Spindle Cell/Sclerosing Rhabdomyosarcoma : Introduction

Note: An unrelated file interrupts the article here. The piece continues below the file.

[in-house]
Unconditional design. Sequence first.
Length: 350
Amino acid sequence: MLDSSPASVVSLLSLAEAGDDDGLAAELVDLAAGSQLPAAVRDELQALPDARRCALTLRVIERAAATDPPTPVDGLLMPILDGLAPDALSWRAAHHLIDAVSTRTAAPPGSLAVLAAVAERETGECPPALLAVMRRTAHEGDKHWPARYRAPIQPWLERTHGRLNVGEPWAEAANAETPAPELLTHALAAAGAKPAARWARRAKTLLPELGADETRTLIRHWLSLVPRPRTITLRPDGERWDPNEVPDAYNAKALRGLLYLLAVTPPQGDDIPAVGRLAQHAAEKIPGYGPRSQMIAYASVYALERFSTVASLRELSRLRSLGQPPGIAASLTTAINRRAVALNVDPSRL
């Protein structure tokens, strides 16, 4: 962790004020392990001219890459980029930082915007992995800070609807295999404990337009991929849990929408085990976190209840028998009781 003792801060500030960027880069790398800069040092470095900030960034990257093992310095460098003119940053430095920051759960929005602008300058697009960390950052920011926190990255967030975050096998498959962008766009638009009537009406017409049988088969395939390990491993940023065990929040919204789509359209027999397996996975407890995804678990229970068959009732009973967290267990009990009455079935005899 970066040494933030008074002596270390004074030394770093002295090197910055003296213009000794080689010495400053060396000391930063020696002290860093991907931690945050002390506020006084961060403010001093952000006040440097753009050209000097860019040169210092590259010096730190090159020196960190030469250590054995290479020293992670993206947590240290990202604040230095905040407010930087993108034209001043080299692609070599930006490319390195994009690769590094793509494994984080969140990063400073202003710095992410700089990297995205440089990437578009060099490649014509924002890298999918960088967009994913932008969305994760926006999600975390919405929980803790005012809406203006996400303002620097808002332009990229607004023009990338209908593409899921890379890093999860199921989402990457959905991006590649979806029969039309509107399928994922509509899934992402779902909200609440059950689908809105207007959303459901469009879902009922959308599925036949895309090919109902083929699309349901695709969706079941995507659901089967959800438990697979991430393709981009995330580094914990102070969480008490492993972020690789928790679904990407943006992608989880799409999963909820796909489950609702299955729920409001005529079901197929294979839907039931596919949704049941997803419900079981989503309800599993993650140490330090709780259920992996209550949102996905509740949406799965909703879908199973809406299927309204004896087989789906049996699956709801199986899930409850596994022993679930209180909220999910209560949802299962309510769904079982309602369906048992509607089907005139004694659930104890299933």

Introduction: Spindle cell and sclerosing rhabdomyosarcomas (RMS) were previously considered separate entities. However, they are now thought to be related based on overlapping morphologic as well as molecular genetic features (MYOD1 mutations). They are grouped together as spindle cell/sclerosing RMS in the new WHO Classification. They are uncommon neoplasms and account for 5% to 10% of all RMS. All age groups are affected, although the initial cases were reported in children. There is a striking male predilection. In the pediatric variant, the mean age at diagnosis is 7 years. The most common site of involvement is the paratesticular region followed by the head and neck region. It carries a favorable prognosis. Spindle cell variant of RMS in adults, however, shows predilection for head and neck region and extremities, has greater cytologic atypia, and is more aggressive than pediatric lesions. The image shows spindle cell/sclerosing RMS in an adult. The degree of cellularity and the lack of collagenous stroma creates an appearance resembling fibrosarcoma.